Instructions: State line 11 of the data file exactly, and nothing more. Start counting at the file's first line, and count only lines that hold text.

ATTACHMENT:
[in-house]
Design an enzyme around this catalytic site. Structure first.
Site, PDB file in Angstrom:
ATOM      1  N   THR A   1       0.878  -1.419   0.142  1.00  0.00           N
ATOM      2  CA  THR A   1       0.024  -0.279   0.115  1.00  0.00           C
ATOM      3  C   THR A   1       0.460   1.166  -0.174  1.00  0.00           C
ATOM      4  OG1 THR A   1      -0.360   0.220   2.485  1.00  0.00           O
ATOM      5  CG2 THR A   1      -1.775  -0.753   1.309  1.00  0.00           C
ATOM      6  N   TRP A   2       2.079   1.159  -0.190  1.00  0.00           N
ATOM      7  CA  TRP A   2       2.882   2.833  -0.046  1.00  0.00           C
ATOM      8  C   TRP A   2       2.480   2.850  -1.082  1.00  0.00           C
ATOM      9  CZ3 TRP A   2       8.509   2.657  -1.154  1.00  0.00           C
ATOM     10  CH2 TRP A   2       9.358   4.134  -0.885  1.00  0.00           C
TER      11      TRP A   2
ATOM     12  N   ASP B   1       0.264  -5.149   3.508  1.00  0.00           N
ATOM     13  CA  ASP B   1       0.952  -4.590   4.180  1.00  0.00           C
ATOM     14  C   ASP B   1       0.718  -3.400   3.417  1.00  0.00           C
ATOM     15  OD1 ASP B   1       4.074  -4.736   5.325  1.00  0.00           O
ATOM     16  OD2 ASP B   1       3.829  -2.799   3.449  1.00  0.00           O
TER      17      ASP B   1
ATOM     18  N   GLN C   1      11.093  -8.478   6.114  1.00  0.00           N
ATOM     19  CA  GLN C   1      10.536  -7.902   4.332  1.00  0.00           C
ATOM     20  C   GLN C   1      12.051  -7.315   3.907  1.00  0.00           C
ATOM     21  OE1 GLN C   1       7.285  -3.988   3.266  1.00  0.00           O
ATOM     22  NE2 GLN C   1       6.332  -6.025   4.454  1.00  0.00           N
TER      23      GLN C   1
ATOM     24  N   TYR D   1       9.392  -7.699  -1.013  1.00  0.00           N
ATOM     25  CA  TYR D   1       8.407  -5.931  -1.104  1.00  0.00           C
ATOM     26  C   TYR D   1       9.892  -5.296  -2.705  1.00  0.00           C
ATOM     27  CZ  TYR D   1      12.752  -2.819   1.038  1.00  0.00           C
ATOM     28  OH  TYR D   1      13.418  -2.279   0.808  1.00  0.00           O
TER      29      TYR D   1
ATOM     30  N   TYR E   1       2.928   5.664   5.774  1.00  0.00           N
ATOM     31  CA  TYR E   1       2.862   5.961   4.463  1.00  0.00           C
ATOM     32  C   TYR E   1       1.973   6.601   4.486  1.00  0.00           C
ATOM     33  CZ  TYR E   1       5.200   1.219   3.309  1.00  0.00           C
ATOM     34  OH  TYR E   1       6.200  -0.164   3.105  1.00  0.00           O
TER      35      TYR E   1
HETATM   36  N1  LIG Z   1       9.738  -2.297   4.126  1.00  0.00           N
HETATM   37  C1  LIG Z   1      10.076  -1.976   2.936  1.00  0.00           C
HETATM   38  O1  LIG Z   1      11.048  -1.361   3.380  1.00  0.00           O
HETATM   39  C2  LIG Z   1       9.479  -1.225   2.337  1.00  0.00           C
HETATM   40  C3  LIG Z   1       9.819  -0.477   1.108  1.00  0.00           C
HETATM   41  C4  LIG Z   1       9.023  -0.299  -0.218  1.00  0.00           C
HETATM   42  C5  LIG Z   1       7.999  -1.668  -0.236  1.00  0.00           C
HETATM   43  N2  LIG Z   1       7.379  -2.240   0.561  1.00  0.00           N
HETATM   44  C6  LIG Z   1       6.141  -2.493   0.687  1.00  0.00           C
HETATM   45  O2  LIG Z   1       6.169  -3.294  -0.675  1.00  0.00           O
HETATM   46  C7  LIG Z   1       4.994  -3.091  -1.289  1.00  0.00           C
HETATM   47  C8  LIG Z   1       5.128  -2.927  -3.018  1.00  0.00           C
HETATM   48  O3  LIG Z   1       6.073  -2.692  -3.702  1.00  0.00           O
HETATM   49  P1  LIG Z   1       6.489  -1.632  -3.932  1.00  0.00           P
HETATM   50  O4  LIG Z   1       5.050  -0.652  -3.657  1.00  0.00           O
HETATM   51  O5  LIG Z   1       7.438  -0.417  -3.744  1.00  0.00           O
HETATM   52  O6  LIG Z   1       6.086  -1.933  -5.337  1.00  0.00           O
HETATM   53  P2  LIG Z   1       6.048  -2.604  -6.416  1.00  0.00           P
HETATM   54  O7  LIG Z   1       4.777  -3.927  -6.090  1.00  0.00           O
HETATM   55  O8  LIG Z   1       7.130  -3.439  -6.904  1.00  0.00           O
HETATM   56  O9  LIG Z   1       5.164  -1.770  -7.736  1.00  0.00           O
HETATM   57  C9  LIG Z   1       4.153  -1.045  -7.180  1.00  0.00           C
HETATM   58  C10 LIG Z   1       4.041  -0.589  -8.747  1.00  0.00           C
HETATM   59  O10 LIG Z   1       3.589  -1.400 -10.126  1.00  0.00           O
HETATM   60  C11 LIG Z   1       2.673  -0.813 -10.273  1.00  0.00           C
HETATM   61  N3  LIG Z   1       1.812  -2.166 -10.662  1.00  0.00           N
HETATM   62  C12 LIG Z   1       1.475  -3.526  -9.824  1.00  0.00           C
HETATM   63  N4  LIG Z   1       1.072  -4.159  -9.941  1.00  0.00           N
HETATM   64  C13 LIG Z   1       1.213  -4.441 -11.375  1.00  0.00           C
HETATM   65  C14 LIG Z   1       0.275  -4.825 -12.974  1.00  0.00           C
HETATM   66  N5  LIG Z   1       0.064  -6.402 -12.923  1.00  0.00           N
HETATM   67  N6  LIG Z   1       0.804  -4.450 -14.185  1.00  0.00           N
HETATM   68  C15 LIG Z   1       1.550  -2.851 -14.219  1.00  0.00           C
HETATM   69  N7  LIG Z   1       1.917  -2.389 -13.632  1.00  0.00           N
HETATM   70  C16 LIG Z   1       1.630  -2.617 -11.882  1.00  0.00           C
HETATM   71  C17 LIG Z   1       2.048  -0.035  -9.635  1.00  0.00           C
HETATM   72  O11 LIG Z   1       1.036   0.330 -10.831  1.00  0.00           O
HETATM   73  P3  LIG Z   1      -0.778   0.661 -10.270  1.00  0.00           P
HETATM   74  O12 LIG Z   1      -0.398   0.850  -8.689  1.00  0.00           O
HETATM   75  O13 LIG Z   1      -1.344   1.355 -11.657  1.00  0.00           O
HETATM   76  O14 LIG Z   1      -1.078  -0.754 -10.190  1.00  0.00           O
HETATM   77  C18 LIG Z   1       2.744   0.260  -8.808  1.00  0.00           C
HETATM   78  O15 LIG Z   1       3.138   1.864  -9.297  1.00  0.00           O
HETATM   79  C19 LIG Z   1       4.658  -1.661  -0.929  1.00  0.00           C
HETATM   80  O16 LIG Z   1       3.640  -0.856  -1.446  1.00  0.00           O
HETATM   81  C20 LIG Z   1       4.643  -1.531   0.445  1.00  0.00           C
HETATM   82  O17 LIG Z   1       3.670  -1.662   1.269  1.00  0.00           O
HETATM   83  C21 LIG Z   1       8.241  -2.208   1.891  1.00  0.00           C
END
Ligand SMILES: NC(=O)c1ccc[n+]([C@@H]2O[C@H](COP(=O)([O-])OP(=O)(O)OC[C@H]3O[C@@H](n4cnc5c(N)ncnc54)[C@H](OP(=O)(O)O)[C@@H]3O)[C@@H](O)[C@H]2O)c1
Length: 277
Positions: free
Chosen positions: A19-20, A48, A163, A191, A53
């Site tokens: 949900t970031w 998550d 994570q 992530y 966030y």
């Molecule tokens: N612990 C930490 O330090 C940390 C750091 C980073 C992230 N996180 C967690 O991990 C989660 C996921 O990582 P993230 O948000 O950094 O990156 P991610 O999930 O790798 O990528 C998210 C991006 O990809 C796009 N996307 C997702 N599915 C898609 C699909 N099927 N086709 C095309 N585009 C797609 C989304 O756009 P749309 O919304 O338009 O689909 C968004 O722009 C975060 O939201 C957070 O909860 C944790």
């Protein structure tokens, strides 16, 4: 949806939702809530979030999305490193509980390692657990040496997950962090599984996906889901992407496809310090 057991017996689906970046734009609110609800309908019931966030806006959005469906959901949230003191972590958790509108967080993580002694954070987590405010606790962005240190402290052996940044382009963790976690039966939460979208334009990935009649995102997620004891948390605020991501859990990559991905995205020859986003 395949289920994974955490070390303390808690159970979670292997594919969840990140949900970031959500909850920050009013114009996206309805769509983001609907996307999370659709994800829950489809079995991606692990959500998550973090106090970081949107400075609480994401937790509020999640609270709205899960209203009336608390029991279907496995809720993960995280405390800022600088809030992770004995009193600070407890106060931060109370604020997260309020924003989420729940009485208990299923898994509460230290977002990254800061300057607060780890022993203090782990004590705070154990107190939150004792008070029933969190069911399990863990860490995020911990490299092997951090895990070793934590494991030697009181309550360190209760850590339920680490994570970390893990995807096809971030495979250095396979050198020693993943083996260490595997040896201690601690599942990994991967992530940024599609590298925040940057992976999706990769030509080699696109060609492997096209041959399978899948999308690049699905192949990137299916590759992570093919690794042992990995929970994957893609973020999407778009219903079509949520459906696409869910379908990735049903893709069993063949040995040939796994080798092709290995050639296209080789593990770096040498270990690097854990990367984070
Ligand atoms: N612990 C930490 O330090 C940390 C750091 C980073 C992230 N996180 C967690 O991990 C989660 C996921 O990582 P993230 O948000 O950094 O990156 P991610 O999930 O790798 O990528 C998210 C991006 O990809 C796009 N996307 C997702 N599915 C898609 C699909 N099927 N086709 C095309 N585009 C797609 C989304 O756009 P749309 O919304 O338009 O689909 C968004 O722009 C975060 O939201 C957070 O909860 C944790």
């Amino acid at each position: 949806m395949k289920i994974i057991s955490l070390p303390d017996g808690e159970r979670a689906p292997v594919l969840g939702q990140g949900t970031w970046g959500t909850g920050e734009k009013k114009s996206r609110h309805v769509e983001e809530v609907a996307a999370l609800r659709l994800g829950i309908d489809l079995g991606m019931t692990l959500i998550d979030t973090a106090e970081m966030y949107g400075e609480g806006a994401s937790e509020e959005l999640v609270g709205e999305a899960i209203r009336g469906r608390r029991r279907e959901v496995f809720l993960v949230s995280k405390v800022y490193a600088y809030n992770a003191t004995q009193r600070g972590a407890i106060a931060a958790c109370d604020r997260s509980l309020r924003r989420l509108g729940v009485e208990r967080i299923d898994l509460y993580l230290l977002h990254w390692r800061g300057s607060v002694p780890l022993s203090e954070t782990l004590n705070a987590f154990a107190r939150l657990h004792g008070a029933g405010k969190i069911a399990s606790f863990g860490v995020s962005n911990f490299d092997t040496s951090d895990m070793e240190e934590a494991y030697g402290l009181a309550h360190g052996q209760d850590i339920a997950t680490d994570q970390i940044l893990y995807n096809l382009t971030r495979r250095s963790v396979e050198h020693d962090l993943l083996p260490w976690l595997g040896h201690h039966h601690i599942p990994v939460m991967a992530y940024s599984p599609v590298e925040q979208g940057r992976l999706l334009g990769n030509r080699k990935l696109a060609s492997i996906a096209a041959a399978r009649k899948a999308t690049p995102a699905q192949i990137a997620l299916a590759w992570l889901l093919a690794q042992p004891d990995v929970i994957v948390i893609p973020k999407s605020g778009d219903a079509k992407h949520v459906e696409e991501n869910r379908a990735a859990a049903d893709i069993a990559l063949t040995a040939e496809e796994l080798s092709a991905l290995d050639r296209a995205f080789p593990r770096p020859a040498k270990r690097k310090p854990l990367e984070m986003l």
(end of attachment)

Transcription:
ATOM      8  C   TRP A   2       2.480   2.850  -1.082  1.00  0.00           C